Driving Performance and Digital Billboards: EXECUTIVE SUMMARY OF FINAL REPORT

Foundation for Outdoor Advertising Research and Education, Center for Automotive Safety Research, Virginia Tech Transportation Institute, March 22, 2007

Suzanne E. Lee
Melinda J. McElheny
Ronald Gibbons

The motivation for the current study was to examine driver performance in the presence of digital billboards, as compared to other driving locations without them. There is a long history of studying billboards in the context of traffic safety but, although the research record covers many years (1951 until the present), it is lacking in volume and is primarily focused on conventional billboards. There were a few epidemiological studies performed in the early 1950’s examining traffic accidents in the presence and absence of billboards; however, much of this early work was methodologically flawed. After a long gap in research, there were a few additional studies in the 1960’s through the 1980’s, none of which demonstrated that billboards are unsafe. More recent studies conducted in Canada have shown that there may be changes in driver behavior associated with video billboards (those with full motion), but those studies do not address the digital billboards of interest in the current study (with a static message that changes instantaneously without special effects).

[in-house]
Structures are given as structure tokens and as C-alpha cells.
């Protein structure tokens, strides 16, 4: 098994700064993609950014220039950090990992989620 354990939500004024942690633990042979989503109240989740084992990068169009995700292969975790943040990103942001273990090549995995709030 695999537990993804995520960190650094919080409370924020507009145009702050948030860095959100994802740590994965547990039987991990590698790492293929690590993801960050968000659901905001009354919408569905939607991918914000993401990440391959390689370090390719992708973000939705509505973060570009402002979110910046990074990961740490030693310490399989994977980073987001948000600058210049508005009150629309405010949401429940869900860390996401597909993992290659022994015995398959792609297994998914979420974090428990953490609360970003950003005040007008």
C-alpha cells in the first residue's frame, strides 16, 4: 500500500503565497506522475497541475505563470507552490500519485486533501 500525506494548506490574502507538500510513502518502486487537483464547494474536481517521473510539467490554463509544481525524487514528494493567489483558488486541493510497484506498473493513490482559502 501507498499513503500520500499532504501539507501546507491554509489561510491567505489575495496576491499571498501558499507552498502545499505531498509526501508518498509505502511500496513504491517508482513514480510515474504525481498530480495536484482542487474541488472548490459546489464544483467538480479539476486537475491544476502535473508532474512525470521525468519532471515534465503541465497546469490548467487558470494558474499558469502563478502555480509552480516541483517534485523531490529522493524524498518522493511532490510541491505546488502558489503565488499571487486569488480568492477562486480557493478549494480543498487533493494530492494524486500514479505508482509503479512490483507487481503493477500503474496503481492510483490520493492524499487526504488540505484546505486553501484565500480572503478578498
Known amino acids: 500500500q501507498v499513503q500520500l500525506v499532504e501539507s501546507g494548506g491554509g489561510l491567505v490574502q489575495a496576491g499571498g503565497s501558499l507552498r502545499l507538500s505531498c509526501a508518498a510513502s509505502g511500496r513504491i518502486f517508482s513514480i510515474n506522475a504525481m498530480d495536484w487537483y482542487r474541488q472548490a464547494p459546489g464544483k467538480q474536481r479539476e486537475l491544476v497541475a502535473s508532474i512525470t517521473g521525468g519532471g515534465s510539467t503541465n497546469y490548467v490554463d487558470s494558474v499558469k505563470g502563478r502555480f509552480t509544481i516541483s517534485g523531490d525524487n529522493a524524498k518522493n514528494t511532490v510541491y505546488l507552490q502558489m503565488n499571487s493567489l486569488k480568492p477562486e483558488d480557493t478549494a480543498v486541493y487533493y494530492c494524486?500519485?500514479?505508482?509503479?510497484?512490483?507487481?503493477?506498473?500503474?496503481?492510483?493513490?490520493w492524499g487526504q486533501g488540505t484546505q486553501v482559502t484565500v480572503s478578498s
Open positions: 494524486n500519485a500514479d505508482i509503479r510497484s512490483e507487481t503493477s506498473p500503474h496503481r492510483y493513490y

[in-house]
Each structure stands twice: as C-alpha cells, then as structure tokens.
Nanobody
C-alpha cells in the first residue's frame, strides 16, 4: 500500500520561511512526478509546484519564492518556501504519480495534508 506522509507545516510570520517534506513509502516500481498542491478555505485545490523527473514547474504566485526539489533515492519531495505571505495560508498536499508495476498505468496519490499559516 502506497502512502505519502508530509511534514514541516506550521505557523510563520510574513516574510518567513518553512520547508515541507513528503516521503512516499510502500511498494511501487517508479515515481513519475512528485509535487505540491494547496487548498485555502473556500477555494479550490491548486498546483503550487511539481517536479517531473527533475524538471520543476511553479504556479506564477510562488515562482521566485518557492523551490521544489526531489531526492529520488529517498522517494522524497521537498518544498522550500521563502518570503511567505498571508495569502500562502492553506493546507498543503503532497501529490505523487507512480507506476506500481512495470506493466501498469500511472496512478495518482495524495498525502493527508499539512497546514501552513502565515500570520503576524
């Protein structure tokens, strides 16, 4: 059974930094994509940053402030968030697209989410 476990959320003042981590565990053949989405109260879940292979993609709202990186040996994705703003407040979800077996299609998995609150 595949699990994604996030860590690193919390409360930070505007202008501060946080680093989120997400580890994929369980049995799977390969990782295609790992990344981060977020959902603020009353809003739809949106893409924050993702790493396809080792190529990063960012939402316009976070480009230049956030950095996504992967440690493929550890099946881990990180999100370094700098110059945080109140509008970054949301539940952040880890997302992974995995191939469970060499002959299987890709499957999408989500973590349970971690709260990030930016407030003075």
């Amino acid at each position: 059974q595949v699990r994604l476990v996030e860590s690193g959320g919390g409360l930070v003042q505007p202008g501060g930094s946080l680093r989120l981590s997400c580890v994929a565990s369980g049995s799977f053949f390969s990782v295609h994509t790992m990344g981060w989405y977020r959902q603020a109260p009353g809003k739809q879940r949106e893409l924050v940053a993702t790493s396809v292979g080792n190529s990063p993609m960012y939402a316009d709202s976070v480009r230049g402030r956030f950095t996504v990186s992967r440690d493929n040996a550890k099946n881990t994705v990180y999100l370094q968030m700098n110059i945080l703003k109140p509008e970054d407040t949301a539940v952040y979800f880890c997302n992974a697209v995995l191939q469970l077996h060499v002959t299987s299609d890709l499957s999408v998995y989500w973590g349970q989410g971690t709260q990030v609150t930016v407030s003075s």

Traffic accident analysis techniques have improved in recent years with the creation and maintenance of national crash databases. A careful examination of these databases shows that distraction caused by billboards fails to show up in any of the accident databases as an accident cause. Likewise, an examination of numerous driver distraction studies demonstrates that billboards fail to show up as a cause of driver distraction. The overall conclusion from all past research is that conventional billboards in general have not been shown to cause traffic accidents or change driver behavior. However, the question of whether digital billboards change driver behavior in some way cannot be answered by these previous studies; this is the motivation for the current study.



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